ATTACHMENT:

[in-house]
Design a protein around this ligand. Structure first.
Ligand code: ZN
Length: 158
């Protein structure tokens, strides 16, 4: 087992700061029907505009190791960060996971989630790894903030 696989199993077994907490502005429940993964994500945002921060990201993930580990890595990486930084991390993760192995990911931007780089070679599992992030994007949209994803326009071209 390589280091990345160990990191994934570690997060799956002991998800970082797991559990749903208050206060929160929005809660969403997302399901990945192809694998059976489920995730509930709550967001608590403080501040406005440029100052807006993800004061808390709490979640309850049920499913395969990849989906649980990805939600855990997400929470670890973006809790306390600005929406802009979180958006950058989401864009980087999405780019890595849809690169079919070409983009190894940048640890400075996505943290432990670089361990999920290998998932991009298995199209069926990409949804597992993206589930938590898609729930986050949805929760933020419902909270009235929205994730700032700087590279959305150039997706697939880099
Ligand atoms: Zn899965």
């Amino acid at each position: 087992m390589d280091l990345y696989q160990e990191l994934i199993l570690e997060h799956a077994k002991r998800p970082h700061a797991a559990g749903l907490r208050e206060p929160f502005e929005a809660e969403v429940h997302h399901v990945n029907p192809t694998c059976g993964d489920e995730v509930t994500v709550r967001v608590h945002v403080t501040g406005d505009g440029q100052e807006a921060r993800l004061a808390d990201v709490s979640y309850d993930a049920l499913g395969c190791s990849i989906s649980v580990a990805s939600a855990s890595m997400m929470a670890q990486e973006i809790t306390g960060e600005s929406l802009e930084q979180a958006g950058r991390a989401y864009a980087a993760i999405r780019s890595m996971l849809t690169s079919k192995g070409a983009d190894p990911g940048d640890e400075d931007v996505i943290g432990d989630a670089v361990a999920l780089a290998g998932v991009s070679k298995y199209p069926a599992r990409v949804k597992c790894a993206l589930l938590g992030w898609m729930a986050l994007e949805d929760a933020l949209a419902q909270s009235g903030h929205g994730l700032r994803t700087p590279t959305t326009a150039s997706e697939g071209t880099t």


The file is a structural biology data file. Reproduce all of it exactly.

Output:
[in-house]
Design a protein around this ligand. Structure first.
Ligand code: ZN
Length: 158
């Protein structure tokens, strides 16, 4: 087992700061029907505009190791960060996971989630790894903030 696989199993077994907490502005429940993964994500945002921060990201993930580990890595990486930084991390993760192995990911931007780089070679599992992030994007949209994803326009071209 390589280091990345160990990191994934570690997060799956002991998800970082797991559990749903208050206060929160929005809660969403997302399901990945192809694998059976489920995730509930709550967001608590403080501040406005440029100052807006993800004061808390709490979640309850049920499913395969990849989906649980990805939600855990997400929470670890973006809790306390600005929406802009979180958006950058989401864009980087999405780019890595849809690169079919070409983009190894940048640890400075996505943290432990670089361990999920290998998932991009298995199209069926990409949804597992993206589930938590898609729930986050949805929760933020419902909270009235929205994730700032700087590279959305150039997706697939880099
Ligand atoms: Zn899965």
């Amino acid at each position: 087992m390589d280091l990345y696989q160990e990191l994934i199993l570690e997060h799956a077994k002991r998800p970082h700061a797991a559990g749903l907490r208050e206060p929160f502005e929005a809660e969403v429940h997302h399901v990945n029907p192809t694998c059976g993964d489920e995730v509930t994500v709550r967001v608590h945002v403080t501040g406005d505009g440029q100052e807006a921060r993800l004061a808390d990201v709490s979640y309850d993930a049920l499913g395969c190791s990849i989906s649980v580990a990805s939600a855990s890595m997400m929470a670890q990486e973006i809790t306390g960060e600005s929406l802009e930084q979180a958006g950058r991390a989401y864009a980087a993760i999405r780019s890595m996971l849809t690169s079919k192995g070409a983009d190894p990911g940048d640890e400075d931007v996505i943290g432990d989630a670089v361990a999920l780089a290998g998932v991009s070679k298995y199209p069926a599992r990409v949804k597992c790894a993206l589930l938590g992030w898609m729930a986050l994007e949805d929760a933020l949209a419902q909270s009235g903030h929205g994730l700032r994803t700087p590279t959305t326009a150039s997706e697939g071209t880099t």